Both conventions have some things in common.  Both are large events drawing folk from all over Great Britain and points abroad.  Both have larger, main events with lectures and happenings in side rooms, performances and stalls selling goods more or less appropriate to the happening.  Both also have celebrities that the wider public may not have heard of or taken notice of too many times but have strong followings in their respective worlds.  Figures that spring to my mind are Kate West (Witchfest), who is a witch who has published guides for taking up that way of life; Professor Ronald Hutton (Witchfest), who is an authority in several areas pertaining to the witchy path; Jan Bondesen (Unconvention), a consultant rheumatologist who speaks about a very wide range of fortean topics and has published well-researched books upon such things and Jonathan Downes (Unconvention), a cryptozoologist and Director of the Centre for Fortean Zoology.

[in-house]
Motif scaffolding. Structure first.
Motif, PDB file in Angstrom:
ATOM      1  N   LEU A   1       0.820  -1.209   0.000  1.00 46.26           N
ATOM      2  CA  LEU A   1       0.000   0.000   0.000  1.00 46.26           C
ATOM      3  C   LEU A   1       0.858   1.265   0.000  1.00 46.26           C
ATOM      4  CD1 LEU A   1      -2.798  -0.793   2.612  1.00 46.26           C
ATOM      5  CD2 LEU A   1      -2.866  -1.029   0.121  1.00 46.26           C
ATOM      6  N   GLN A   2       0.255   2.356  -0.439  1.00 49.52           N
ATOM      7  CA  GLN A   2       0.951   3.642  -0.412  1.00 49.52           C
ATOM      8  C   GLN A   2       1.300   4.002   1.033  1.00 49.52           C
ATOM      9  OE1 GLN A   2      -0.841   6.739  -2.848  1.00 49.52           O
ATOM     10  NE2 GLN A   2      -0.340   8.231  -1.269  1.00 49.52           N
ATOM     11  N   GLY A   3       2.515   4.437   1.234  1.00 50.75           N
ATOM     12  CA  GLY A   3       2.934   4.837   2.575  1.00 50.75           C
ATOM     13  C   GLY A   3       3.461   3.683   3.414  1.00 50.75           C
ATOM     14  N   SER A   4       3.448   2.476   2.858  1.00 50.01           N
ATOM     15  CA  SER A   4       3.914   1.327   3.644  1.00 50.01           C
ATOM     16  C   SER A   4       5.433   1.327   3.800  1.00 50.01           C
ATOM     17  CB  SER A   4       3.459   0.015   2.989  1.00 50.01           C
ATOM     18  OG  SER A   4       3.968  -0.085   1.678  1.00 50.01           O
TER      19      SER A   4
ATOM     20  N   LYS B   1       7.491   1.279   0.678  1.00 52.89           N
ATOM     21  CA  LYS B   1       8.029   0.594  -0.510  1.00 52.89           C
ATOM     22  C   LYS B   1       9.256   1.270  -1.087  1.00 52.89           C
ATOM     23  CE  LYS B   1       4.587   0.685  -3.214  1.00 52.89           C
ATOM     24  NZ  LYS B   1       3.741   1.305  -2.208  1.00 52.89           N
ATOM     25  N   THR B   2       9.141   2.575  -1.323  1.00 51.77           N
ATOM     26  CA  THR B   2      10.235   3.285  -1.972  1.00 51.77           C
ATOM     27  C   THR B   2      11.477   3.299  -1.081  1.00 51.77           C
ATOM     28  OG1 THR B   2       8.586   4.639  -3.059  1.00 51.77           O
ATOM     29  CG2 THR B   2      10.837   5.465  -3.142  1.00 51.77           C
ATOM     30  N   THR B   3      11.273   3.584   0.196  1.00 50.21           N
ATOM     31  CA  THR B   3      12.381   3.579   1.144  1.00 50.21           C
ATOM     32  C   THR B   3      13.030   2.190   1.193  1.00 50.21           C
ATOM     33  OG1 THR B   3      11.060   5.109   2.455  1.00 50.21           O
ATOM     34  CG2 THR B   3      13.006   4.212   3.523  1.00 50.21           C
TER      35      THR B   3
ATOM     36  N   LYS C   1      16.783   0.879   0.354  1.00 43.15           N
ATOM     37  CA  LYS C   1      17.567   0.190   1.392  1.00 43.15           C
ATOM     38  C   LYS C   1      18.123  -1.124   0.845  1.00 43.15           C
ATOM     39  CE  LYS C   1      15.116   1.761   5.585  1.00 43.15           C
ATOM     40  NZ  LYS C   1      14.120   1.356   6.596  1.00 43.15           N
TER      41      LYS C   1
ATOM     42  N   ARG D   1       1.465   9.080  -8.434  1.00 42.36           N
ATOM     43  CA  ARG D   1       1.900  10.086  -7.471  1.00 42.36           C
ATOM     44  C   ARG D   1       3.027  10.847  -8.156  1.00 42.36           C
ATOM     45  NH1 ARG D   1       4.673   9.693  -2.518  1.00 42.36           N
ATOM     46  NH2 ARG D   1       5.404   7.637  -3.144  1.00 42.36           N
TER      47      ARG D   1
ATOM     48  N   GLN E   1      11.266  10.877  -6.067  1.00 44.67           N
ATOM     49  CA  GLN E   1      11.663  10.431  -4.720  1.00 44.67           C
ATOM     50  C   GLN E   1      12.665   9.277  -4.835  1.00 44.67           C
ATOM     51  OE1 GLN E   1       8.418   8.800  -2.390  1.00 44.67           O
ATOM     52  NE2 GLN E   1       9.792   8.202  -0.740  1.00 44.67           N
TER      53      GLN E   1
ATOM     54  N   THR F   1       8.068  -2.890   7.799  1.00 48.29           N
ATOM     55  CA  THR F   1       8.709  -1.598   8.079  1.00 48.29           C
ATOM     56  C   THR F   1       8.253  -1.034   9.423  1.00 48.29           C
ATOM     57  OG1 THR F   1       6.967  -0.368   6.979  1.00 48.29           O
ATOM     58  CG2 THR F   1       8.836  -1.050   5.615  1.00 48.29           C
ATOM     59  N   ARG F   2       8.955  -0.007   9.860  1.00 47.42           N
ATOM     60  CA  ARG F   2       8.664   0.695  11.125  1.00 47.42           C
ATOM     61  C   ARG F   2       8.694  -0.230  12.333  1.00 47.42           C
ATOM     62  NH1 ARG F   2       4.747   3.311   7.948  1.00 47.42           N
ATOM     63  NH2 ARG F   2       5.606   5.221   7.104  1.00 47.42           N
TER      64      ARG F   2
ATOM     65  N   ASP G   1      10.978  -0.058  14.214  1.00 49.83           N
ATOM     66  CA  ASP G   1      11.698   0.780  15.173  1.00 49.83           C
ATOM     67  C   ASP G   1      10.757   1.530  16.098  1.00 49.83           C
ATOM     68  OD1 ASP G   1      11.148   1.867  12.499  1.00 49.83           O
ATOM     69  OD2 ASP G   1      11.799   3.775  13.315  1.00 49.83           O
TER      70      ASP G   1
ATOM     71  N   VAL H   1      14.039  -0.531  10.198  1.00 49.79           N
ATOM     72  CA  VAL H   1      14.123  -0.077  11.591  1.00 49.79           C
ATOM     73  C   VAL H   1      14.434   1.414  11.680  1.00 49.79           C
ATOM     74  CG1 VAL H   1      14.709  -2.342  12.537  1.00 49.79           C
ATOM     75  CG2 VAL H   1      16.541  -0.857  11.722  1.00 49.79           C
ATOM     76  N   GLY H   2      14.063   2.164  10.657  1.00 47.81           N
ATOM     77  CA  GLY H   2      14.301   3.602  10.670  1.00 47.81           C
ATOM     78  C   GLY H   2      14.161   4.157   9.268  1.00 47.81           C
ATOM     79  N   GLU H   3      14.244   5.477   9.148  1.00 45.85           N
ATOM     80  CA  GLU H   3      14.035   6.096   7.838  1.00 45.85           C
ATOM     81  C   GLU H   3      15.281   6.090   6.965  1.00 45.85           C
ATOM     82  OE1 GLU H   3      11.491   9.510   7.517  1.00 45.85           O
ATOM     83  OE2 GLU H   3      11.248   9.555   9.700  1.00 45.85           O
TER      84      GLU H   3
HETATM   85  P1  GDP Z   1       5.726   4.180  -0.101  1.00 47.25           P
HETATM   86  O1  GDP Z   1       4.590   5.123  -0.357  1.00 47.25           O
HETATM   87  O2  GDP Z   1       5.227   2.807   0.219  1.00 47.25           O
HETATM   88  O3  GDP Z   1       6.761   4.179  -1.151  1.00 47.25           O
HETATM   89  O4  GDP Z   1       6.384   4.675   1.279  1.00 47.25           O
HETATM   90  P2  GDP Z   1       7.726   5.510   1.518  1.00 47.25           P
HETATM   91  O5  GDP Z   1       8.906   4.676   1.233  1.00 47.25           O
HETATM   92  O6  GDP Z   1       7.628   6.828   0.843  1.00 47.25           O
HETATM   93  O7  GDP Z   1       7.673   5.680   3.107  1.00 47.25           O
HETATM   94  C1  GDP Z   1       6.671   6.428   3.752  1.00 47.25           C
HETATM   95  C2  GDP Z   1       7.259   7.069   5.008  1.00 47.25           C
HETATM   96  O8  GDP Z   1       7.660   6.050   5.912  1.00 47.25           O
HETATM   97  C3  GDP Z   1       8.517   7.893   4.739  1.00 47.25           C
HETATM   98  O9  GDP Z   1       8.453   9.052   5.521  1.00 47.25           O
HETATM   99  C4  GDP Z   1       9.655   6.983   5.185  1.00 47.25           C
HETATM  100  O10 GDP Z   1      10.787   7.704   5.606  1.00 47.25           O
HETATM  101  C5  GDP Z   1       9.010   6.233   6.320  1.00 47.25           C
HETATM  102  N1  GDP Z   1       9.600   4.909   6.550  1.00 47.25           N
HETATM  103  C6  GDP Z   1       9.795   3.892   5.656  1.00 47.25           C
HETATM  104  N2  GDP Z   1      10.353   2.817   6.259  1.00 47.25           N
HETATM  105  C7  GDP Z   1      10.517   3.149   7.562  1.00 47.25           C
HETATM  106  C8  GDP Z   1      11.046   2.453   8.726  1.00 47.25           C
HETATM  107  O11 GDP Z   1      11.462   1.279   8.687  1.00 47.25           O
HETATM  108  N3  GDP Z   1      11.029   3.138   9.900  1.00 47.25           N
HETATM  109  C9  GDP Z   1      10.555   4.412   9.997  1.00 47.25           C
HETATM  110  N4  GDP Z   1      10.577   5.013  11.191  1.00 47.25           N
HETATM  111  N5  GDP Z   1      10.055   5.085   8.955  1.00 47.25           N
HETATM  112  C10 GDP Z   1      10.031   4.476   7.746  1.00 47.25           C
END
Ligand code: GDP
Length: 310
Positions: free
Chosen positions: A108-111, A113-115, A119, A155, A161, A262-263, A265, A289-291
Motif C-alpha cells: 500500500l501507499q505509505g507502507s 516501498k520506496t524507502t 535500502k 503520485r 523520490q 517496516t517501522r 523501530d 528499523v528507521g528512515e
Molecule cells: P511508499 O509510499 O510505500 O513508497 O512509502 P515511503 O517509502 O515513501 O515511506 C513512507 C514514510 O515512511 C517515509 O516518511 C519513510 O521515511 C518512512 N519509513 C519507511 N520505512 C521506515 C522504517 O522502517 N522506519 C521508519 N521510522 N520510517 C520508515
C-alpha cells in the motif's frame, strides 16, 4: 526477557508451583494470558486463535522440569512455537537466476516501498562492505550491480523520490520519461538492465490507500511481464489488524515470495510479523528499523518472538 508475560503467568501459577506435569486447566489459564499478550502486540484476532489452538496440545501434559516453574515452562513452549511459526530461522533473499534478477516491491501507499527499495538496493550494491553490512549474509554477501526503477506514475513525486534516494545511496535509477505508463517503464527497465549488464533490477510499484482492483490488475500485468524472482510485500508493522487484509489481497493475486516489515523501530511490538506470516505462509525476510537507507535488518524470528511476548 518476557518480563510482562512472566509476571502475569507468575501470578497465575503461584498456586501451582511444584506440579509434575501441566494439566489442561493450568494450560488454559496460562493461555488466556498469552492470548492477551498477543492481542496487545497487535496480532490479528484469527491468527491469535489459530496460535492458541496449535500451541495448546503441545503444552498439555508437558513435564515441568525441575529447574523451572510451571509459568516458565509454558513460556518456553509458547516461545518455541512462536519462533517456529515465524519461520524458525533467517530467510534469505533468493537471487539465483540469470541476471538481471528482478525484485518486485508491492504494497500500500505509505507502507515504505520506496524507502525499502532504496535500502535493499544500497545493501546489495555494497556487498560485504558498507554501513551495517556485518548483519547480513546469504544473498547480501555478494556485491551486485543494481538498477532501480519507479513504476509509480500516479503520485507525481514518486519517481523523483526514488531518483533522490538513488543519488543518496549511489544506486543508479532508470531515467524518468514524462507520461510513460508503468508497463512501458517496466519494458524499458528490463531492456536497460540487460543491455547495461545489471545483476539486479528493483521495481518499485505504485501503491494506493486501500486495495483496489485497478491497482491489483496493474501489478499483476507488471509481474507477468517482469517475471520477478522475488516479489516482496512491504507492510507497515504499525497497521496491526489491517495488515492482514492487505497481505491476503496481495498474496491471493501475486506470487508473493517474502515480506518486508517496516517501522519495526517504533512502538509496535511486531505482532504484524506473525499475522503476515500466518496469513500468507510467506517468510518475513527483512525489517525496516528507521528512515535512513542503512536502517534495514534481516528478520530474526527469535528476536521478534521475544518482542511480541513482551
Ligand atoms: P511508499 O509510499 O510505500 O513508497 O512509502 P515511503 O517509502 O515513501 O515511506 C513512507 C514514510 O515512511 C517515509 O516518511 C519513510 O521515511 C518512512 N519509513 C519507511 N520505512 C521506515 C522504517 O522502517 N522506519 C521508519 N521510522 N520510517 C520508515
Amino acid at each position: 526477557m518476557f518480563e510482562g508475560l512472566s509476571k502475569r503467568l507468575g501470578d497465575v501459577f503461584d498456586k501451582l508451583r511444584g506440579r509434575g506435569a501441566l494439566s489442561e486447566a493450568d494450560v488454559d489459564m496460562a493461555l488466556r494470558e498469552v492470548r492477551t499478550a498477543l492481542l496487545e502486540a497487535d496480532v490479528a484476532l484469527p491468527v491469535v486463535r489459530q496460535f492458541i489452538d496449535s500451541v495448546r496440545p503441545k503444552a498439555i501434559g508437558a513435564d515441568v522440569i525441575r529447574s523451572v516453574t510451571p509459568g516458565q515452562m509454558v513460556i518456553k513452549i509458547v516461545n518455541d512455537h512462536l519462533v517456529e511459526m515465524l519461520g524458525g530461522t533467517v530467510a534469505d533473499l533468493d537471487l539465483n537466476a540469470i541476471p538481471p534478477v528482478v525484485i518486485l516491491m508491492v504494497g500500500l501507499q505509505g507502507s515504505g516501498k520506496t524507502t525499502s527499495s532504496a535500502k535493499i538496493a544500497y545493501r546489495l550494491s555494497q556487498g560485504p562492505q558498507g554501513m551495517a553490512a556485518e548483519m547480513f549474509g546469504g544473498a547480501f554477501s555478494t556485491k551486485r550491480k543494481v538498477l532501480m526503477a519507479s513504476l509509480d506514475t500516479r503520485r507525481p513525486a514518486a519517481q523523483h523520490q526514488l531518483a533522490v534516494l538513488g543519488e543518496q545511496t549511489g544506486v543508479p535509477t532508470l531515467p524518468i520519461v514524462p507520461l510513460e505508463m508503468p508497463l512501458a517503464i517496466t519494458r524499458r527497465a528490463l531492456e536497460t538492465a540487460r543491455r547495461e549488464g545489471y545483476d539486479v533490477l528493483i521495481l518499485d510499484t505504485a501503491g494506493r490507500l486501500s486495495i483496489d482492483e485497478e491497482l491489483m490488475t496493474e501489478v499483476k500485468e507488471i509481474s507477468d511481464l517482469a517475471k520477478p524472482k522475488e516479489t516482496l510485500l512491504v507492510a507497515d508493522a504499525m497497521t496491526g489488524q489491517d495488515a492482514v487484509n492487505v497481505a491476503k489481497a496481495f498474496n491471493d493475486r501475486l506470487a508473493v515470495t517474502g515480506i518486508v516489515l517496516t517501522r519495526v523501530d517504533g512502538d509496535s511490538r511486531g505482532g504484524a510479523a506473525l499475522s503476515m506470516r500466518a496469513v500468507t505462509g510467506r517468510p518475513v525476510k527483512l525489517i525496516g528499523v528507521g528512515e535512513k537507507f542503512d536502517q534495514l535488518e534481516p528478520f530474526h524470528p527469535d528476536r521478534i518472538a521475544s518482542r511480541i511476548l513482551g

The first that I mention here is the more specialised of the two.  Witchfest claims to be the largest witchcraft festival in recorded history.  It started in 2002 and, from a glimpse online, 2011 looks to be as full a programme of events and performers as ever it was.  It takes place at Fairfield Halls in the holy suburb of Croydon.  I say ‘holy’ because Archbishops of Canterbury were Lord of the Manor since the time of William the Conqueror, and still act as patrons to this day.  The Archbishops not only had substantial holdings in the town but were in all probability responsible for its current, bustling status as a commercial centre.  They applied for a market charter and the town grew and never looked back.  I suppose that, given the appearance of Witchfest, the term ‘sacred suburb’ might be closer to the mark these days.  Witchfest is a one-day festival.  It makes up for this by running over into the next morning with many musicians of appropriate styles (folk, goth, mediæval, punk, industrial and points in between) that appear after the talking and stalls have been spirited away.  Despite being (in my eyes, anyway) the more specialised of the two, Witchfest has a broader appeal.  I, for want of a much, much better comparison, call this the Buffy effect.  I am confident that most of you reading this (and if you’ve come this far then well done!) will be familiar with the television series Buffy theVampire Slayer.  Since this teen-comedy-meets-children-of-the-night show wisecracked its way into popular culture in 1997, the occult side of teenagers (which I strongly suspect covers mainly clothes, make-up and the occasional how-to book, but I sincerely hope that my cynicism is misplaced) has been noticeable and transmutes itself into ticket sales and purchases from the traders, who stock everything one is likely to need to dress, cast spells and even drink like a witch (mead, anyone?).  The speakers also reflect the width of interest covered by the event.  They range from David Wells, who has appeared on TVs Most Haunted as the show’s resident medium, to Professor Ronald Hutton (as mentioned earlier), probably the UKs most prominent academic on paganism.  There is a strong emphasis on performing, with Morris-dancing in the foyer and the music later on.  One is also invited to attend opening and closing rituals, which serve to remind the visitor as to why he or she is there.  Many of the crowd are so richly attired in mediæval-inspired outfits (although these days, Victorian-influenced Steampunk clothing is becoming de rigeur) that they seem to be part of the more professional side of the event.  To sum up, the day is quite a riot of talks, drinking, shopping and entertainment, and generally caters for the interested “layperson” and casual dropper-in almost as well as those who have a dedicated life to the Craft.